Another Comfortable Album from the Villains
Toucan Cove/Universal Records
One of the neatest things about being in my position is the flood of indie recordings that arrive weekly in my post-office box. Back in 2010 one such package introduced me to the Villains, an Atlanta-based bar band. Dan Call produced the album, and he also played bass, sang vocals, and wrote many of the songs. It was simply called The Villains, but it was re-released the same year with one track, "Amie," added, as Just Another Saturday Night.
I noted that it was comfortable, friendly, and "could pass as an Eagles tribute." Since then I've loaded the album into my playlist for the gym and found that songs such as "Just Another Saturday Night," "Let's Forget About It Tonight," and "Who Do You Run To?" have stood the test of time. They sound as fresh to me today as they did then. If I had it to do over, I'd raise the performance rating on The Villains to four stars.
So when I say that A Little Something for the Pain, the band's third album, is more of the same, it's more a compliment than a complaint. Yet it's the latter as well, for many of the tunes this time around sound like reworked ideas from the first outing. "The First," a beautiful retrospective ballad about first love, is quite fetching and has been released as the album's first single (original band member Magno sings it appealingly). "It Rained Everyday" is a piquant paean to lonely days spent without that special person, and "Wish You Well" stands tall as a song about a man who wishes he could take his partner back but just can't do it. Some wounds are so deep they don't heal easily, or maybe ever.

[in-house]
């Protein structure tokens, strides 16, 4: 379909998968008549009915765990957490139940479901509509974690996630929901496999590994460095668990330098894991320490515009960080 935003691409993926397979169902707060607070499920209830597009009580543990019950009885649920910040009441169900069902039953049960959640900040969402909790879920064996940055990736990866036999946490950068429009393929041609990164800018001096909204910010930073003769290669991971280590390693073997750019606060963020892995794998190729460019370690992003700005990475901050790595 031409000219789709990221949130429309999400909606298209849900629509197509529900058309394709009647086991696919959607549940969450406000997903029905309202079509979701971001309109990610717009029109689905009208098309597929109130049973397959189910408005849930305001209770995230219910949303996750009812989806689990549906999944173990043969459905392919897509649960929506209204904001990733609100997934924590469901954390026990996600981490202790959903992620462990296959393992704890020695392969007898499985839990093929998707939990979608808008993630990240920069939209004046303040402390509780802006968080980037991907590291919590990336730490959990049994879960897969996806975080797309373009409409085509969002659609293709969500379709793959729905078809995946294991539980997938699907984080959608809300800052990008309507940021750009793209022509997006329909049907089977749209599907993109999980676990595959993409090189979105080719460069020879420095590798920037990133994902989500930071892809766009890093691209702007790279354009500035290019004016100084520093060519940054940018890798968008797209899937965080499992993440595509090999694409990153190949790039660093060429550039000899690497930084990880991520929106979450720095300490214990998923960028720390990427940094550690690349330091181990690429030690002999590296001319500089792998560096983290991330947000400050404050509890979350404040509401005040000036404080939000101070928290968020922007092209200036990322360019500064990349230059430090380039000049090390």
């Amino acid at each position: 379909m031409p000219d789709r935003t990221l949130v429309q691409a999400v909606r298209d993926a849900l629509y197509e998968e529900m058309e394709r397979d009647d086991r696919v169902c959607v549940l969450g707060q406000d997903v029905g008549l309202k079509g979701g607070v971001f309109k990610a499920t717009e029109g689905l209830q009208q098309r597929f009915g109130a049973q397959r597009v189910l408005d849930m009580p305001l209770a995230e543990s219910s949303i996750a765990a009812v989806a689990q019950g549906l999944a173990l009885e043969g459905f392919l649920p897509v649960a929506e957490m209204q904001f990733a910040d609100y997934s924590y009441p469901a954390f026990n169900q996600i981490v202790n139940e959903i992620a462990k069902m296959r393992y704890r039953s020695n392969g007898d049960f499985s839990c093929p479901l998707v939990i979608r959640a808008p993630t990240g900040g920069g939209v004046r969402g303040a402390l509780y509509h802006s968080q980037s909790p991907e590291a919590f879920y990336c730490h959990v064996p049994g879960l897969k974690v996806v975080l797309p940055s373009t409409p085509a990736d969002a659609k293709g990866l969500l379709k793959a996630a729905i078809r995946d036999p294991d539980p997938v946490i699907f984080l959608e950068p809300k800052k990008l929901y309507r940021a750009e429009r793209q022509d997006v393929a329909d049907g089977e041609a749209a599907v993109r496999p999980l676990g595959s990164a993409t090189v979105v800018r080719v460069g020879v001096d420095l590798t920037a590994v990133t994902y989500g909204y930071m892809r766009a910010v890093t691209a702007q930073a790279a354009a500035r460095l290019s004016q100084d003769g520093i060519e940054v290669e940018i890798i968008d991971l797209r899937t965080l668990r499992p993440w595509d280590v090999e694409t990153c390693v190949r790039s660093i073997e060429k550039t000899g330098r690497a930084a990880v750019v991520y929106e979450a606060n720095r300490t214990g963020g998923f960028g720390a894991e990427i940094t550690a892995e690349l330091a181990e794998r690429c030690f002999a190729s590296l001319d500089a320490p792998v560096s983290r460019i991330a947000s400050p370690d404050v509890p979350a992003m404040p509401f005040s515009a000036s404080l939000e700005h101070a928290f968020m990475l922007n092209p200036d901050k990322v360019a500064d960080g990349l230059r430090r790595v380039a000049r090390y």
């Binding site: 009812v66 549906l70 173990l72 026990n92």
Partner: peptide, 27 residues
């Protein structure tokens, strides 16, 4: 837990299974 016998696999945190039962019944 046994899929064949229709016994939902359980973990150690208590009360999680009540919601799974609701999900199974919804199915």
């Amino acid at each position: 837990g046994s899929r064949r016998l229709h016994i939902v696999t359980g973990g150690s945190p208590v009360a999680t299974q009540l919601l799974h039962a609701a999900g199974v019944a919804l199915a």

The rest of the tunes are blended rock and country (and a little folk), just like those on the first album, and yes, they're comfortable and friendly -- and I don't mean that in a bad way. All are written by members of the band, most prominently Call, except the 13th one, “Sundown,” which Canadian legend Gordon Lightfoot wrote. That track receives an effective performance from the Villains that adds blues to the country and rock.
The recorded sound proved a little problematic. Call produced this album, just as he did the first (Stan Lynch and Billy Chapin produced their second, Velocity), but this one sounds thicker and less focused than that first one. I found that if I played it really loud, or listened through headphones, details came out that were somewhat buried when I listened at a modest volume.
The age of the Internet has made it possible to sample just about anything before you buy, and that's the case with A Little Something for the Pain. You can check out its best song, "The First," on YouTube. I rather like the more open sound on it than the sound provided on the album. If you purchase it, you can let me know what you think.
Be sure to listen to: "Coming Home to You" has some good guitar writing and playing. The right-channel guitar has a vamp-like figure, while the left-channel one repeats the same note over and over. Very effective.
. . . Rad Bennett